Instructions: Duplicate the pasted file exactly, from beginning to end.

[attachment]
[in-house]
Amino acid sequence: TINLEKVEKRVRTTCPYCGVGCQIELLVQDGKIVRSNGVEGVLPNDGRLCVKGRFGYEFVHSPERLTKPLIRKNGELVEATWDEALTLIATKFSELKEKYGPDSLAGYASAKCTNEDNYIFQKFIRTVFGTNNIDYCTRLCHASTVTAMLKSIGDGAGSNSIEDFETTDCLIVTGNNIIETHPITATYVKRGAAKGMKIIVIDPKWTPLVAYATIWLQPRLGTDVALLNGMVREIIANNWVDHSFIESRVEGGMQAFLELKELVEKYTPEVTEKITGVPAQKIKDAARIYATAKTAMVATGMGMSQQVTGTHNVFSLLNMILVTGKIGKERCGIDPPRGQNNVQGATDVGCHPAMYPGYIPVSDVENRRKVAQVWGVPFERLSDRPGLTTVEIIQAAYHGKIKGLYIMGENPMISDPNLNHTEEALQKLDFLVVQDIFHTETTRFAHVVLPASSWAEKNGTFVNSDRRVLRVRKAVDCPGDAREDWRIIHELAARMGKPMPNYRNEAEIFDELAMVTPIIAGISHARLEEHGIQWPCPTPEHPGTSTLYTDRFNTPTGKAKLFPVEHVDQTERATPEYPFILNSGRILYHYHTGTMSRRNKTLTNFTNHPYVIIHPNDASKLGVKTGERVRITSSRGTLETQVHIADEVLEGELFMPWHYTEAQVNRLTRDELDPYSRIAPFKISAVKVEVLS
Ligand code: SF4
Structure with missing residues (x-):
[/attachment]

[in-house]
Amino acid sequence: TINLEKVEKRVRTTCPYCGVGCQIELLVQDGKIVRSNGVEGVLPNDGRLCVKGRFGYEFVHSPERLTKPLIRKNGELVEATWDEALTLIATKFSELKEKYGPDSLAGYASAKCTNEDNYIFQKFIRTVFGTNNIDYCTRLCHASTVTAMLKSIGDGAGSNSIEDFETTDCLIVTGNNIIETHPITATYVKRGAAKGMKIIVIDPKWTPLVAYATIWLQPRLGTDVALLNGMVREIIANNWVDHSFIESRVEGGMQAFLELKELVEKYTPEVTEKITGVPAQKIKDAARIYATAKTAMVATGMGMSQQVTGTHNVFSLLNMILVTGKIGKERCGIDPPRGQNNVQGATDVGCHPAMYPGYIPVSDVENRRKVAQVWGVPFERLSDRPGLTTVEIIQAAYHGKIKGLYIMGENPMISDPNLNHTEEALQKLDFLVVQDIFHTETTRFAHVVLPASSWAEKNGTFVNSDRRVLRVRKAVDCPGDAREDWRIIHELAARMGKPMPNYRNEAEIFDELAMVTPIIAGISHARLEEHGIQWPCPTPEHPGTSTLYTDRFNTPTGKAKLFPVEHVDQTERATPEYPFILNSGRILYHYHTGTMSRRNKTLTNFTNHPYVIIHPNDASKLGVKTGERVRITSSRGTLETQVHIADEVLEGELFMPWHYTEAQVNRLTRDELDPYSRIAPFKISAVKVEVLS
Ligand code: SF4
Structure with missing residues (x-):